A leukaemia-like disease known as disseminated neoplasia can be transmitted within multiple species of bivalve - including mussels and carpet shell clams - and may also spread from one bivalve species to another. The results, which are published online in Nature this week, suggest that transmissible cancers are widespread among marine bivalves.
Although most cancer cells remain within the individual in which they arise, isolated instances of transmission of cancer cells from one individual organism to another has been previously documented in Tasmanian devils, dogs and soft-shell clams.
Stephen Goff and colleagues collected mussels (Mytilus trossulus), cockles (Cerastoderma edule) and golden carpet shell clams (Polititapes aureus) from various localities in Canada and Spain and screened them for neoplasia. Through genetic analysis of cancer and host tissues, they show that cancer cells in some of the bivalves were not derived from the host, but probably arose from a single clonal origin. Specifically, the authors find that neoplasias in all three species are attributable to transmissible cancer lineages. However, genetic material extracted from cancer cells in golden carpet shell clams showed no genetic match with this species, indicating instead that the cancer cells originated in a different species, the pullet shell clam (Venerupis corrugata).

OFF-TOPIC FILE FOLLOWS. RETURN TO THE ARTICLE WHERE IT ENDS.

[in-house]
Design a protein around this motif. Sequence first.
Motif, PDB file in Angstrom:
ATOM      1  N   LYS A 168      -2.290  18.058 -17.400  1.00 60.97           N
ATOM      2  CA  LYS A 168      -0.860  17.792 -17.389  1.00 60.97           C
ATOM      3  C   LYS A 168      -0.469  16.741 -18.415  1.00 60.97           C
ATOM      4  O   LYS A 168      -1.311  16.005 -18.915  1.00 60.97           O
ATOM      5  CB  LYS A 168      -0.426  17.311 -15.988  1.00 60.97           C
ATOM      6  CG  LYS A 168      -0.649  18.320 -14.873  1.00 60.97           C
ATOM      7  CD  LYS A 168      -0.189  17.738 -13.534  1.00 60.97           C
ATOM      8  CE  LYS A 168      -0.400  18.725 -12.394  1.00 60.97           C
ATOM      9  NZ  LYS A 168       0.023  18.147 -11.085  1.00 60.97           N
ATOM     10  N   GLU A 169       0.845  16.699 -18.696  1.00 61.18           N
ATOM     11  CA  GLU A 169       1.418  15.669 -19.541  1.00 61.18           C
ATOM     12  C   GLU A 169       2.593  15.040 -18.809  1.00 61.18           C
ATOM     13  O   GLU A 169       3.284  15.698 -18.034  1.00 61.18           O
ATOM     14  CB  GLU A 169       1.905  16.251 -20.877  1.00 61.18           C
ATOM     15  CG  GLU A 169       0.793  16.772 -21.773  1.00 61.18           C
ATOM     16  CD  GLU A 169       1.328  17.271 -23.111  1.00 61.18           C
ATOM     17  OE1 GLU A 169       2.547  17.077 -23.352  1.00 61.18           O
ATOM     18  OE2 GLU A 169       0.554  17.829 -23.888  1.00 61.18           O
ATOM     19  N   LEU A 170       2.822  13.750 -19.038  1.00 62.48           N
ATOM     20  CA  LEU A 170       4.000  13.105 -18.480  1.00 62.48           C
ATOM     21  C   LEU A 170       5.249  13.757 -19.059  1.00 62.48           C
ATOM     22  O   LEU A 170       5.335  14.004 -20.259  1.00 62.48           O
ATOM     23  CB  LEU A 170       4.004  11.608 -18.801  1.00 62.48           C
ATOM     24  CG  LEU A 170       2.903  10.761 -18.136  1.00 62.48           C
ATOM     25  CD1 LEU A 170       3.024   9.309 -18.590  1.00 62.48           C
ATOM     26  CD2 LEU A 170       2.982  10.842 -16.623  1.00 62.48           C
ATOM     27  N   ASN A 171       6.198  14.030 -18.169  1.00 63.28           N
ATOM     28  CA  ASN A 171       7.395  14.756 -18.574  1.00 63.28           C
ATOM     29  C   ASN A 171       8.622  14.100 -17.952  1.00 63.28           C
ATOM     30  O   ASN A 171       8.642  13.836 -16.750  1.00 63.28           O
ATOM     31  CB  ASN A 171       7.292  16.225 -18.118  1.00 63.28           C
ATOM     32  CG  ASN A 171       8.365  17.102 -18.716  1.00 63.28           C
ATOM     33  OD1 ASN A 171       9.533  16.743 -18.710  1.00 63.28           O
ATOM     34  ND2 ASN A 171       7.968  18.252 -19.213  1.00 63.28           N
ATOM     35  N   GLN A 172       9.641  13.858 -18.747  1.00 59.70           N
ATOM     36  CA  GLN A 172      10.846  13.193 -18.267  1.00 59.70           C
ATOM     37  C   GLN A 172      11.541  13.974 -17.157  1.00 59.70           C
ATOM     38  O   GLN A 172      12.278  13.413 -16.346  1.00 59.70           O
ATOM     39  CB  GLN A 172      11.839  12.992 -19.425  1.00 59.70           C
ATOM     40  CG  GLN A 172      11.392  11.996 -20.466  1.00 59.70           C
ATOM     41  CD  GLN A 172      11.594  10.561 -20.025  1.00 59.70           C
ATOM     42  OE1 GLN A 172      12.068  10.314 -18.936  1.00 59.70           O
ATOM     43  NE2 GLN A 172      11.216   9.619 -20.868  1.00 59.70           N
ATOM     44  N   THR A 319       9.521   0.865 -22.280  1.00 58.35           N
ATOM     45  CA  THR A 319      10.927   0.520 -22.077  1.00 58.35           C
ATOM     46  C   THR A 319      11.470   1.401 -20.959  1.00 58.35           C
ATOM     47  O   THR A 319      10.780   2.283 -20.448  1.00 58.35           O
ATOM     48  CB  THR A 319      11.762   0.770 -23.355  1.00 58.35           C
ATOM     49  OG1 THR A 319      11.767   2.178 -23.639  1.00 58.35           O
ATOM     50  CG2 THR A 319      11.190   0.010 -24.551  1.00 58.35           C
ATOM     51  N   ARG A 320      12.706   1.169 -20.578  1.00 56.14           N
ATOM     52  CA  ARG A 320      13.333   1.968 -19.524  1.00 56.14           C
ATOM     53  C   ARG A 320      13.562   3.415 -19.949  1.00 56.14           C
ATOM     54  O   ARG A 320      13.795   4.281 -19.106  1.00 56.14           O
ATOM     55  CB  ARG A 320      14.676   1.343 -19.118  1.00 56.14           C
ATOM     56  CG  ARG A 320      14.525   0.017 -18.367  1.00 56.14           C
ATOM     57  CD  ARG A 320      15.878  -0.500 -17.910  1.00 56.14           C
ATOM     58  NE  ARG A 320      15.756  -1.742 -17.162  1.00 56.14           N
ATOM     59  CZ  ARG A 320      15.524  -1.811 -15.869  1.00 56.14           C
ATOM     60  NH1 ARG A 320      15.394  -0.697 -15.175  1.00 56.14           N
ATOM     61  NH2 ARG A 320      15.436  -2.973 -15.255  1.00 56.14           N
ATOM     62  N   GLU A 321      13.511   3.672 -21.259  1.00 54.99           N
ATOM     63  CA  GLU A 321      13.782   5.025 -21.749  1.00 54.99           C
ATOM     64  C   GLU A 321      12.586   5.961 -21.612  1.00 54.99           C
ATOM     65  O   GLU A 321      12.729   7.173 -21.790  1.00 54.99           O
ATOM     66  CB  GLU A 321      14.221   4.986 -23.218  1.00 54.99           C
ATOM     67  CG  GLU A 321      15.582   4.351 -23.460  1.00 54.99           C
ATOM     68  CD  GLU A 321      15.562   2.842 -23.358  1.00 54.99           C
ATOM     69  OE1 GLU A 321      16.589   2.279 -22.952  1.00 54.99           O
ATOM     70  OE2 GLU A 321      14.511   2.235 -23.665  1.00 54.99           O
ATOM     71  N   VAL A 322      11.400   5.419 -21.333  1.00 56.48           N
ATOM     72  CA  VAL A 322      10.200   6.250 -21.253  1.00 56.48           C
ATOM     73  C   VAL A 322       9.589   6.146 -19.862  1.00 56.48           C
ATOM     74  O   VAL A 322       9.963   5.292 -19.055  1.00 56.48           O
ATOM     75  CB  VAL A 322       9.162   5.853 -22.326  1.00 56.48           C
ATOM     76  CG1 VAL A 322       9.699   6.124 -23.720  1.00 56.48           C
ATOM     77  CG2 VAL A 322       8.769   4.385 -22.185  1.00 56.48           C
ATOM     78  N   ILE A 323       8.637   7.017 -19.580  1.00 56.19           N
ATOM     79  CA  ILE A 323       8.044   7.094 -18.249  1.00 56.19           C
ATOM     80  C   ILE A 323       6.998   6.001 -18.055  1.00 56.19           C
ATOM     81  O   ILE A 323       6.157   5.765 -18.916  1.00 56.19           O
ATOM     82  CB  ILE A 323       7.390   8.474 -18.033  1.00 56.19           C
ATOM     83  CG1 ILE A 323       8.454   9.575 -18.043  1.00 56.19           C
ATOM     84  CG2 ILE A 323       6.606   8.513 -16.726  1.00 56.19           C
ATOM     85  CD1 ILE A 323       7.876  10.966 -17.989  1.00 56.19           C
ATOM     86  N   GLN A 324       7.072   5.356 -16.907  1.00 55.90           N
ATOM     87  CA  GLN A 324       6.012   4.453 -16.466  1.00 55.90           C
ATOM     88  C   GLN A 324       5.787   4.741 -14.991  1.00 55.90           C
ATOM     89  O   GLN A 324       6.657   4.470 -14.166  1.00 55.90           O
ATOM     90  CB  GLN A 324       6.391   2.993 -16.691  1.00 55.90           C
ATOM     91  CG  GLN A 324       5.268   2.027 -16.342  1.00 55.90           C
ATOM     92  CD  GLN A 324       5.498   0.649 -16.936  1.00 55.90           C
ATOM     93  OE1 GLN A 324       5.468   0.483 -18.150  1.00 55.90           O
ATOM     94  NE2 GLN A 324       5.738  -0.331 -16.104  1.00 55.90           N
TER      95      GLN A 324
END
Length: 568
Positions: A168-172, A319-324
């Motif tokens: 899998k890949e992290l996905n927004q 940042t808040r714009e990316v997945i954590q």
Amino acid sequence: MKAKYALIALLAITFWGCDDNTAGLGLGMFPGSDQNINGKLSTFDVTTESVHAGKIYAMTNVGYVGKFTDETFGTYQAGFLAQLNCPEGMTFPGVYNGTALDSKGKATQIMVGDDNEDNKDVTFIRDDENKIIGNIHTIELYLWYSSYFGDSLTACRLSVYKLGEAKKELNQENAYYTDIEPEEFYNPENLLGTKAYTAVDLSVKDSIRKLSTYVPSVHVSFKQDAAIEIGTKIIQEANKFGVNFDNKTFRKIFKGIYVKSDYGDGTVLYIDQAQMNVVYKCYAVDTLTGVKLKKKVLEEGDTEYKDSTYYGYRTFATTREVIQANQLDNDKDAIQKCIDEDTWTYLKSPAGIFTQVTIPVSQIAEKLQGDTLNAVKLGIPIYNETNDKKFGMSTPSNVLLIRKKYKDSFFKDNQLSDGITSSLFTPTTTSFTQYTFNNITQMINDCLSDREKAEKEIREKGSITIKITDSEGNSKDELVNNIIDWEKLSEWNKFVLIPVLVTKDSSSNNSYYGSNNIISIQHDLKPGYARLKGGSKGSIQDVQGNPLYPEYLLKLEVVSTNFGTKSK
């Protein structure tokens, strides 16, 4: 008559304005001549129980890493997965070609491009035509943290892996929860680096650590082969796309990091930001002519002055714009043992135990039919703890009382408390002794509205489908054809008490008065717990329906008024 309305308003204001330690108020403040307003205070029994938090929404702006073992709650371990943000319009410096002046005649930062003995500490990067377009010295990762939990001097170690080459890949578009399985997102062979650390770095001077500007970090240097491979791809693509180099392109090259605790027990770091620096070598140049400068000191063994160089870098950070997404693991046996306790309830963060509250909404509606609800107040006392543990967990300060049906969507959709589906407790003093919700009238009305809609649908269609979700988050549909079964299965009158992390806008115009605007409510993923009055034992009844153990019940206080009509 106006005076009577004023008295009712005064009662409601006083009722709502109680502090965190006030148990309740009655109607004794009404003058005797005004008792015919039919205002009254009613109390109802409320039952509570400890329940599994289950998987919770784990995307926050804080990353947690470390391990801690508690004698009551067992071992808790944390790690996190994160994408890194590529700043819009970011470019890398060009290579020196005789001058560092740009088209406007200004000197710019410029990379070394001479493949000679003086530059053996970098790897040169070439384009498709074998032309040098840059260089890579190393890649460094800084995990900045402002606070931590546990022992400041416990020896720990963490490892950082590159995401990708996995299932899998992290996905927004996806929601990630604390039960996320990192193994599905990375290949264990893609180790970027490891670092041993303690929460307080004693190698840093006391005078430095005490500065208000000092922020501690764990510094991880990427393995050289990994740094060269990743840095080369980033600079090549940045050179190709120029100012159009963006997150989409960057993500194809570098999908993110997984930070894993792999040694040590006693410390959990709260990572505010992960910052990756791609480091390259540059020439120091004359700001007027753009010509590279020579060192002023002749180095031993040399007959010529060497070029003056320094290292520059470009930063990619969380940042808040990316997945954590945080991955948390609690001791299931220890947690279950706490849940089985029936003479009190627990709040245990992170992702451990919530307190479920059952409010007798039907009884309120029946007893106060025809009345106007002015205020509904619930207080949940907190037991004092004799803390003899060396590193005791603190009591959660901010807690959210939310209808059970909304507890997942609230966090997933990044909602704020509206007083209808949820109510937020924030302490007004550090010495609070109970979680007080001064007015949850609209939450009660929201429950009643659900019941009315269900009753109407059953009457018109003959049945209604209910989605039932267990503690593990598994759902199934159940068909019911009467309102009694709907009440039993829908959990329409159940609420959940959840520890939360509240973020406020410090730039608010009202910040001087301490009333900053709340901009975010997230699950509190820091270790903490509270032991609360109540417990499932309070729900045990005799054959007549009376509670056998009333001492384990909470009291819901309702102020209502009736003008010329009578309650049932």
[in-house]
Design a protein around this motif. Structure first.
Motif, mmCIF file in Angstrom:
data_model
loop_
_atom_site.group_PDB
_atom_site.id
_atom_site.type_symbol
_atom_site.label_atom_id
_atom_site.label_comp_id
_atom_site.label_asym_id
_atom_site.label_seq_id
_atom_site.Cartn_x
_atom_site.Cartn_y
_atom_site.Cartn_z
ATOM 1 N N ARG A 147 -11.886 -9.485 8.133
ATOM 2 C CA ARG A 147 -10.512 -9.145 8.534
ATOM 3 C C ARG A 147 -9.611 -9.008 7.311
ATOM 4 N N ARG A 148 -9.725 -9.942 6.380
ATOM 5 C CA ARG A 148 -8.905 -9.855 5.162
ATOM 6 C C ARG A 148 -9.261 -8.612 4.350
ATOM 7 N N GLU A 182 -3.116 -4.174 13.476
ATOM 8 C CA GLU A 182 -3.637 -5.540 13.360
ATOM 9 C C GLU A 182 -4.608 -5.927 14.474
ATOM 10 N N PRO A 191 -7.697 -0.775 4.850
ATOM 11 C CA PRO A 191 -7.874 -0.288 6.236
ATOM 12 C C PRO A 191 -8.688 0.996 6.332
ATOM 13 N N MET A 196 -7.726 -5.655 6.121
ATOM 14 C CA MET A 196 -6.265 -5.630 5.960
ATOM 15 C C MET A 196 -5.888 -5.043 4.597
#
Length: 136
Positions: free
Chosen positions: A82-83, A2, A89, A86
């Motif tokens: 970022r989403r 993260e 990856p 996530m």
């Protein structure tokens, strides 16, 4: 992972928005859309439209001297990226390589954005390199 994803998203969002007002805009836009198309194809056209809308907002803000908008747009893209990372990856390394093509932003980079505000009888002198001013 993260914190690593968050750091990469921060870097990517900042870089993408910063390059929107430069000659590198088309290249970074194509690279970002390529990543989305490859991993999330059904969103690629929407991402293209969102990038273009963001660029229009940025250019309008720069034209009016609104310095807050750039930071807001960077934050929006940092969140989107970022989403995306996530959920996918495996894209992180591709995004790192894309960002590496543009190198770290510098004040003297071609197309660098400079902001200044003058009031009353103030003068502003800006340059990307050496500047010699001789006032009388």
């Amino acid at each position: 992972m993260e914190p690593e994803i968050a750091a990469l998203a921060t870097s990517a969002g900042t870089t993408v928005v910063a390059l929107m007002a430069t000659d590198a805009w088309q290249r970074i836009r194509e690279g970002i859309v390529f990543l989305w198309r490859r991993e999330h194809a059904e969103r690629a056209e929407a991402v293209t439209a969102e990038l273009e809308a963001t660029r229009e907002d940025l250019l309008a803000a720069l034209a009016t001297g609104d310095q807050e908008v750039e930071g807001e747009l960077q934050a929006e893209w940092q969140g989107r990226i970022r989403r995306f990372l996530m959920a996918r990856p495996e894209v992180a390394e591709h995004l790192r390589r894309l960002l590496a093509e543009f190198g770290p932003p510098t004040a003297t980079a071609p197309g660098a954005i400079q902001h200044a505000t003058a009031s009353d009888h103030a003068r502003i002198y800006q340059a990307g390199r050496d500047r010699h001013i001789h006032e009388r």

These findings suggest that the transmission of cancers between individuals within a species may be more common than previously thought and that it can even cross the species boundary, note the authors. These transmissible cancers show the remarkable ability of tumours to adapt, survive and propagate, they add.
“Although the mechanisms of cancer transmission remain unclear, the immobile nature of these filter-feeding invertebrates suggests that cancer cells may float through the marine environment and enter their hosts by breaching the digestive or respiratory tracts,” comments Elizabeth Murchison in an accompanying News & Views article.